Originally Posted by Exile
You may have decided you need to go it alone, but I disagree that it should be on account of no man respecting you unless you had your own boat
. It's no different from any other crew member
, in that the respect & camaraderie follows from a healthy attitude, willingness to learn, eagerness to contribute, and patience/endurance with it comes to the inevitable challenges that are sometimes not too pleasant. The young couple in the vid seem like good examples. Of course, there are some male boat
owners who inexplicably turn into 'Cap'n Blighs' once underway, but I've run across at least one female boat owner who was like that too. Maybe it's more prevalent with men
, but then there are a lot more male boat owners/captains. Either way, being an a*** is definitely gender-neutral!
I've had lots of different male & female crew, and even some of my close guy friends turned out to be pretty insufferable once onboard. Little to do with sailing skill/experience, and everything to do with personality & attitude. Not really sure gender plays that much of a role, or if the relationship is intimate, platonic, or otherwise. It may not necessarily be our fault if we wind
up with someone who turns out to be intolerable or disappointing, but it's definitely our responsibility to choose wisely. Even more so on the confines of a boat of course. I'd hazard a guess that most full-time sailing couples - ones who do long passages anyway - share responsibilities equally and that each one is fully capable of operating the boat independently of the other, regardless of which one may actually own the boat.
You may also find inspiring a woman sailor/vlogger who has refurbished & sails
her own boat, and calls herself 'White Spot Pirates' on youTube. I know I do.
Yes, i know her videos. Her boat is Karl, right? We don't get her name in the vids, but she has merit!
You have a good point, and I do agree with you... though i am not sure we are really talking about the same thing. you speak of relationships with crew on your boat. i'm talking about being in a long-term relationship on a boat.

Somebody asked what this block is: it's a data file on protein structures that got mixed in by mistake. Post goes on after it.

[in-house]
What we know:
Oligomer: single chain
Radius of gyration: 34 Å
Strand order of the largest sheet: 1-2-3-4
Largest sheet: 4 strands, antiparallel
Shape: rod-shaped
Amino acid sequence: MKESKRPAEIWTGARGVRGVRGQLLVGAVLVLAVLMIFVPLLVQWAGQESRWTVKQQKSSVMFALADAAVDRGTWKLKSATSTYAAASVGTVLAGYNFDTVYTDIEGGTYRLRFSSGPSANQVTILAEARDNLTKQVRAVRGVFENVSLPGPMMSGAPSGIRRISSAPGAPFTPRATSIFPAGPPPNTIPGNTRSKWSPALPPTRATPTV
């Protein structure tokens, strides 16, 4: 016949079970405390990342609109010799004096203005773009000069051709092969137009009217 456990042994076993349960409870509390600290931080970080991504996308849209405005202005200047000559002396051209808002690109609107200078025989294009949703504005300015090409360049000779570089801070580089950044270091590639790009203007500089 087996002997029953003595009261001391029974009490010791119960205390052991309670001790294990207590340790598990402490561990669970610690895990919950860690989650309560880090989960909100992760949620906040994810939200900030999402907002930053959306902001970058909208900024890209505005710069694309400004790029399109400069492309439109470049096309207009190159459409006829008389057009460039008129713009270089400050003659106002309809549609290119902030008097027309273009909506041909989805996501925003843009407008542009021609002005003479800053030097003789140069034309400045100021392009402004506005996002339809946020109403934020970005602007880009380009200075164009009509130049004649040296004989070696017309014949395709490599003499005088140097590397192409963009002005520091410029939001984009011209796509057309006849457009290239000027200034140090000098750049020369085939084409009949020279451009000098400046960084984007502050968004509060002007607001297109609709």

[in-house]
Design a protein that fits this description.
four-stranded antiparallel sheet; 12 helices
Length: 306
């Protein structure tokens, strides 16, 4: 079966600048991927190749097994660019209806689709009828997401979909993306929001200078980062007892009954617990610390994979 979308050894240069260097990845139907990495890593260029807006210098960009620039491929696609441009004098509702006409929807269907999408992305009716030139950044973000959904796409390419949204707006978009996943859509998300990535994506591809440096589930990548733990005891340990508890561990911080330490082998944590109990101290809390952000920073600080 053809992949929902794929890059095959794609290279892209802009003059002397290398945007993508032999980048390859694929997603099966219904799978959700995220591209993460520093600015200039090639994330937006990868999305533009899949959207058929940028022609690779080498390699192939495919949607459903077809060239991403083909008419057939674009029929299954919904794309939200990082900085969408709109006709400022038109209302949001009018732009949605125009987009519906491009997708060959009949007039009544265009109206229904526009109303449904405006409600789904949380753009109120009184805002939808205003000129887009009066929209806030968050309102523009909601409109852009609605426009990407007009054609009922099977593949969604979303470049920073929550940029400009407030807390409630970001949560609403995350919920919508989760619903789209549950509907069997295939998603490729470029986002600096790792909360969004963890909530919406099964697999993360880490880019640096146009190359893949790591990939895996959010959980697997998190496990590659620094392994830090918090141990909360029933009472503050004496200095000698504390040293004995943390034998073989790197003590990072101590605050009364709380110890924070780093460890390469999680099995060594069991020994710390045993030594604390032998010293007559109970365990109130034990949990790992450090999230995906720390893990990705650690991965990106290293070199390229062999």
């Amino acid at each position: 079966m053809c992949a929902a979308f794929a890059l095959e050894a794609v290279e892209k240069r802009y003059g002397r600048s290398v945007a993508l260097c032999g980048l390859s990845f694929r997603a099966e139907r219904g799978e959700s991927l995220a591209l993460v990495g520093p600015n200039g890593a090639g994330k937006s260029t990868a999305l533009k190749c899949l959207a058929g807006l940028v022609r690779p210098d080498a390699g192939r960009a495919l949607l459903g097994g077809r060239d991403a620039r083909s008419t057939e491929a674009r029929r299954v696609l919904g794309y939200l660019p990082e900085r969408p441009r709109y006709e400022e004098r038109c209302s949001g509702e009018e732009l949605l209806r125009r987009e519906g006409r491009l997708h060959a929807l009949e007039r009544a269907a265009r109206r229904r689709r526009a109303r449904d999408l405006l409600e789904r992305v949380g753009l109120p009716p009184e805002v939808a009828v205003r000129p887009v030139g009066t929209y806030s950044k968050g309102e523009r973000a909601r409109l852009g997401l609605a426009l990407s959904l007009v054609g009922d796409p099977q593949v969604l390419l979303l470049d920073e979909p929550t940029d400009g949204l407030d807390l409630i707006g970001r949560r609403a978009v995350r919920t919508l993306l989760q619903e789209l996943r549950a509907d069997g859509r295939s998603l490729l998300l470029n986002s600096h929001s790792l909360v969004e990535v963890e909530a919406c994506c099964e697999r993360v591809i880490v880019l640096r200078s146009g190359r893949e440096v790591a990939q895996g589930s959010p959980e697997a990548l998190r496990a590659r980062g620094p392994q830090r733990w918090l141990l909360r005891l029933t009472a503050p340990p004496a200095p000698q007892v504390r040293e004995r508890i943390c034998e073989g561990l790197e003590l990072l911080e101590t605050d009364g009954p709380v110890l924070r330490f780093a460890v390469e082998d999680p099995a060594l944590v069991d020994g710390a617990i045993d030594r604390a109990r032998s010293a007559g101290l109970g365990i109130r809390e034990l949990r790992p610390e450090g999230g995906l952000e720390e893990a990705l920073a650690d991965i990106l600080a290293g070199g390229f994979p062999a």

but that's ok... I know how captain/crew relationships can work
because every captain
I've ever crewed for has asked me back. And i've experienced how intimacy tends to permeate the bonds that come through the cooperation and the building of trust (required in sailing). For example, some years ago, one guy actually proposed that i stay and that he leave his wife... (i told him no)
other than one bad experience where the guy got excited beyond his wits and didn't respect me, all of my crewing
experiences (and i've helped fixed stuff more than I've sailed because i'm mechanical and love tools) have been great. i know that there are very beautiful souls out there on boats, people i can get along with very, very well, etc.
so, it is not that i do not have faith in that sense... it is more this: it has to do with the fact that each boat owner has his/her definition of sailing and his/her life plan. this very fact lends him/her more weight in the decision-making process, more respect.
as far as definitions go: some boat owners are liveaboards who never leave the dock
or the bay; others compete, others cruise
, others sail around the world, others want to do coastal sailing, others are attracted to solitude, others to community (at the yacht club or along the way....), others prefer to fix stuff...
My point being: owning the boat allows one to decide how the boat will be used.
and when one owns his/her boat, he/she usually has a rough plan. perhaps the plan is to cross the atlantic, do the panama canal